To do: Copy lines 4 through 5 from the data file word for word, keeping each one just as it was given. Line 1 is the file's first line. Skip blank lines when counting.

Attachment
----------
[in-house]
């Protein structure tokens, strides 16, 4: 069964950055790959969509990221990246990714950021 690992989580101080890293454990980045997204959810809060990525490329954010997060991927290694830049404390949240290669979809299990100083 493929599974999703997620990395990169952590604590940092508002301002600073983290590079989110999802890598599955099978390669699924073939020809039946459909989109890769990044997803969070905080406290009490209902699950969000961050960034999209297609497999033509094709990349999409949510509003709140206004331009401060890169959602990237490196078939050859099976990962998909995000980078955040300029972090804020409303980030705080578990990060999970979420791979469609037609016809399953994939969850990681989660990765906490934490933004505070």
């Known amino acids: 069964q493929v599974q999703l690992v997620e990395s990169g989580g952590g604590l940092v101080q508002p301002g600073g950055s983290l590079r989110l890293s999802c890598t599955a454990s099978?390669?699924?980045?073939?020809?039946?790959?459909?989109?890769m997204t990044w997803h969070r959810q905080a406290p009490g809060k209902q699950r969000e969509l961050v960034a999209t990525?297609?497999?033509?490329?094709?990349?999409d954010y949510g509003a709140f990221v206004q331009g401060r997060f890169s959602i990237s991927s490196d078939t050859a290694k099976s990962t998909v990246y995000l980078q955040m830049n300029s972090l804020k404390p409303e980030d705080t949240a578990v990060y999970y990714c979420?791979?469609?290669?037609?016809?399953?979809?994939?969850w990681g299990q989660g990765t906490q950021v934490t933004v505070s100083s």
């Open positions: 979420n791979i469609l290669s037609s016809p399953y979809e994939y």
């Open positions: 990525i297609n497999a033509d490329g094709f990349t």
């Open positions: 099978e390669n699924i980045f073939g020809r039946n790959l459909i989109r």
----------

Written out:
């Open positions: 979420n791979i469609l290669s037609s016809p399953y979809e994939y």
């Open positions: 990525i297609n497999a033509d490329g094709f990349t």